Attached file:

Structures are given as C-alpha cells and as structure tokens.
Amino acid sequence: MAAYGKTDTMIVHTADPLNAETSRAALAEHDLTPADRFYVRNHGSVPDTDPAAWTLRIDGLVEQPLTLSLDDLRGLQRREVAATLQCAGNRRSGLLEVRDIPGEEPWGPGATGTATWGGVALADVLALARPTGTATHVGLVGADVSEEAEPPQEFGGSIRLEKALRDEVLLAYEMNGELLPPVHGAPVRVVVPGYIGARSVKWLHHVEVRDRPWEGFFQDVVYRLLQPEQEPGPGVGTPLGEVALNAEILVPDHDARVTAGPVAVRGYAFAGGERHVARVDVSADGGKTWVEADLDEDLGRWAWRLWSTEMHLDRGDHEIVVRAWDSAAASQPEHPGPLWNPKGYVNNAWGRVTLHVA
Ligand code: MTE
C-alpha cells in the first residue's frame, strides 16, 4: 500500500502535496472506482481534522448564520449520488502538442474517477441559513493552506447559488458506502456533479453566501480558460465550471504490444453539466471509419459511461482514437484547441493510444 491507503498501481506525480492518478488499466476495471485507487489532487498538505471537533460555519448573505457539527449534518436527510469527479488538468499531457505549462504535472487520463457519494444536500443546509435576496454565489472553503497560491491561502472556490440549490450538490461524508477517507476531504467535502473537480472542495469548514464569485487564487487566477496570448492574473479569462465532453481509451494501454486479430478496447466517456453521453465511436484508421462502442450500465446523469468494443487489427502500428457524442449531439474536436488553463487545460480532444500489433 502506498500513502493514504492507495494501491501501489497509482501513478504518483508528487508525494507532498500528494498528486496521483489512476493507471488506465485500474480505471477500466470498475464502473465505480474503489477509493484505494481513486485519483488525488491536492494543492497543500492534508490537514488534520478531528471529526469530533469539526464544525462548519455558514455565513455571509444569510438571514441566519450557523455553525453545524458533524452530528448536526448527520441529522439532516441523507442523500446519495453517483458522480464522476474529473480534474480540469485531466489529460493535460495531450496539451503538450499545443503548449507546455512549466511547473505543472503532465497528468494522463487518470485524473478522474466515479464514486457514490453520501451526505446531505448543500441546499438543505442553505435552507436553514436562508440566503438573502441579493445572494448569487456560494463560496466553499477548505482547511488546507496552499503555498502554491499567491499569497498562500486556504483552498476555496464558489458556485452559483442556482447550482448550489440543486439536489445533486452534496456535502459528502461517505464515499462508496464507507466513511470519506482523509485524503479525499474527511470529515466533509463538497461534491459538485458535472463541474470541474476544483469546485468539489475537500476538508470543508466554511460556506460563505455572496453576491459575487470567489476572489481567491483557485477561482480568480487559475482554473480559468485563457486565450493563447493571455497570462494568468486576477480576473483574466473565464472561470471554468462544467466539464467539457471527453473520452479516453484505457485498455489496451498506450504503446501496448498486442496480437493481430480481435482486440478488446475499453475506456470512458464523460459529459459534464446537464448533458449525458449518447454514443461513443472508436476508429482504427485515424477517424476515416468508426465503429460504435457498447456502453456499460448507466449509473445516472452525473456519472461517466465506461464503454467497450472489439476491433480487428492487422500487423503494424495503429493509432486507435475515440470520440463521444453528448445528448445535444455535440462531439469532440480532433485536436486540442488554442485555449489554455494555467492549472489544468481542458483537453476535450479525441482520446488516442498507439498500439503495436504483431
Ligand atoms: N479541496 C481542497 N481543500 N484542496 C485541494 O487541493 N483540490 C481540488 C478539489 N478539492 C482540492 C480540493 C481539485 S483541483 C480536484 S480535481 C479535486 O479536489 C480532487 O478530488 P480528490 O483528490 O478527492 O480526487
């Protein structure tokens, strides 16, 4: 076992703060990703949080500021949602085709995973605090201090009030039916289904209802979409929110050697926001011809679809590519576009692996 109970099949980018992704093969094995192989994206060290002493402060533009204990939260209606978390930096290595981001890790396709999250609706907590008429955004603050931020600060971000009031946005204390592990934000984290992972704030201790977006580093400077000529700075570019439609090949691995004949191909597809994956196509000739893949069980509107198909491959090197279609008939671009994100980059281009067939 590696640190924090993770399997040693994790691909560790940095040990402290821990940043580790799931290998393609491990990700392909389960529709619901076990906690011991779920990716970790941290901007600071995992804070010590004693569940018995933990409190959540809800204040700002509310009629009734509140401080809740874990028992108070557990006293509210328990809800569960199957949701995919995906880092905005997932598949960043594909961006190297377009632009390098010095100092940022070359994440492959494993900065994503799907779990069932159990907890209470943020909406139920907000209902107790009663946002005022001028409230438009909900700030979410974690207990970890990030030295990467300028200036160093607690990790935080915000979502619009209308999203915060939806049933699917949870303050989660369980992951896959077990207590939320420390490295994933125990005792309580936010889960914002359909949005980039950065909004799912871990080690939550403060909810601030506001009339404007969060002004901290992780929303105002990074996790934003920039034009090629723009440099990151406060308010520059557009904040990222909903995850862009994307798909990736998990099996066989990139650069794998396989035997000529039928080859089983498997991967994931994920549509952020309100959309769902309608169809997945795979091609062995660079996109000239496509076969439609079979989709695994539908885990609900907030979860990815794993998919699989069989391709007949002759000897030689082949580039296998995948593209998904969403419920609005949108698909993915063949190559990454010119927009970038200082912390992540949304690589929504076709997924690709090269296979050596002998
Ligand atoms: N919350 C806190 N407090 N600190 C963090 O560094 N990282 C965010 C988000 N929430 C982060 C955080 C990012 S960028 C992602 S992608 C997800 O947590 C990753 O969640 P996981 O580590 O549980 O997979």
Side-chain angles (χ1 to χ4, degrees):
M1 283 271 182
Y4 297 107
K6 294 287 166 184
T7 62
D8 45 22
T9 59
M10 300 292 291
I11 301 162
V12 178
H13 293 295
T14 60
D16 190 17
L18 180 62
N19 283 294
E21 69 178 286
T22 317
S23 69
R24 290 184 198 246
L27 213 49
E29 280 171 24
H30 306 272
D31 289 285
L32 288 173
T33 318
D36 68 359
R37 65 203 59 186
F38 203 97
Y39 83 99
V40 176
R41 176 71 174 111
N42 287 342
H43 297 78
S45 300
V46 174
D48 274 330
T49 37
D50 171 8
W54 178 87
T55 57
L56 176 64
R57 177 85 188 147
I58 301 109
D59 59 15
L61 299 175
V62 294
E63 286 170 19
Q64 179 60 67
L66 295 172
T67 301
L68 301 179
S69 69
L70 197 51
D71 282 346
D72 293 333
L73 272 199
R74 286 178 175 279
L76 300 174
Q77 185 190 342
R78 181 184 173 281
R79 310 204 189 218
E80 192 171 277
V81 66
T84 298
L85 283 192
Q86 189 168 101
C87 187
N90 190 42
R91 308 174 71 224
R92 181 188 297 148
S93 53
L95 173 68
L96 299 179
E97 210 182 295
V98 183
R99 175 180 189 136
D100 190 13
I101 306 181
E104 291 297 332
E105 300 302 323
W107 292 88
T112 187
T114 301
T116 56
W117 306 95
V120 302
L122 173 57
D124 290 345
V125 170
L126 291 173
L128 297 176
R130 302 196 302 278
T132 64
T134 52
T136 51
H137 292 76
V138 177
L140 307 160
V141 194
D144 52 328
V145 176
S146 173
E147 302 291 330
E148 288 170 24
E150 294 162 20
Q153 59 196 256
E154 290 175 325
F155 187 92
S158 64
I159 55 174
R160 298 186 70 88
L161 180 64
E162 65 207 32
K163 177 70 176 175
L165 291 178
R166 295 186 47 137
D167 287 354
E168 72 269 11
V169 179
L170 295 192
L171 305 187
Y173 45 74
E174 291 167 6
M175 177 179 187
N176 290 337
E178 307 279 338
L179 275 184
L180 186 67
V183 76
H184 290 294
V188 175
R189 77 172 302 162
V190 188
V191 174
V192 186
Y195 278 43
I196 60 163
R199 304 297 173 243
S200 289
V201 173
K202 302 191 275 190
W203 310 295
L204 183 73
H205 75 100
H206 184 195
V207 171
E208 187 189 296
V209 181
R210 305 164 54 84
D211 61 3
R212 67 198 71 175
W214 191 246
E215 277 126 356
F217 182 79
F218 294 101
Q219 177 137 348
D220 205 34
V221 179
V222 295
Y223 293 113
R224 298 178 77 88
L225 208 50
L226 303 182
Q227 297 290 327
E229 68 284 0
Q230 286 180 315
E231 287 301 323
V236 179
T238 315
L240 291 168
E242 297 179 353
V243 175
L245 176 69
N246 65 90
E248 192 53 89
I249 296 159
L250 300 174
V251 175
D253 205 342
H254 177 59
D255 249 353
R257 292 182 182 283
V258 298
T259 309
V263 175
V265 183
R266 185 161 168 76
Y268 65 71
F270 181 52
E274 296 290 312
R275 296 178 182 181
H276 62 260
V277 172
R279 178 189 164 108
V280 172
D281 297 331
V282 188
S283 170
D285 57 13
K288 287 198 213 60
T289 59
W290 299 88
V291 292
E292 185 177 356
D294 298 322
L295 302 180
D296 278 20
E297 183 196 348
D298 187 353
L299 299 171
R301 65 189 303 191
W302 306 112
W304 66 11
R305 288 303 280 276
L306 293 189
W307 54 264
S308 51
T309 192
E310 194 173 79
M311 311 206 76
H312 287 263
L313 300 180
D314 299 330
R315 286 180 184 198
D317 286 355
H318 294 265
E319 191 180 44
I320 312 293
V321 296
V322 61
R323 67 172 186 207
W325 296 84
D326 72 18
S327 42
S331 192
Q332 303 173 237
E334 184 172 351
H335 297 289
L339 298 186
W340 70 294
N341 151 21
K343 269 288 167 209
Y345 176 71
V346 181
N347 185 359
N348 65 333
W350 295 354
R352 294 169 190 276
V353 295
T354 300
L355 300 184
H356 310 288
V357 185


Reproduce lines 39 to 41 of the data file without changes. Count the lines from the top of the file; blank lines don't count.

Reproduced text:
N42 287 342
H43 297 78
S45 300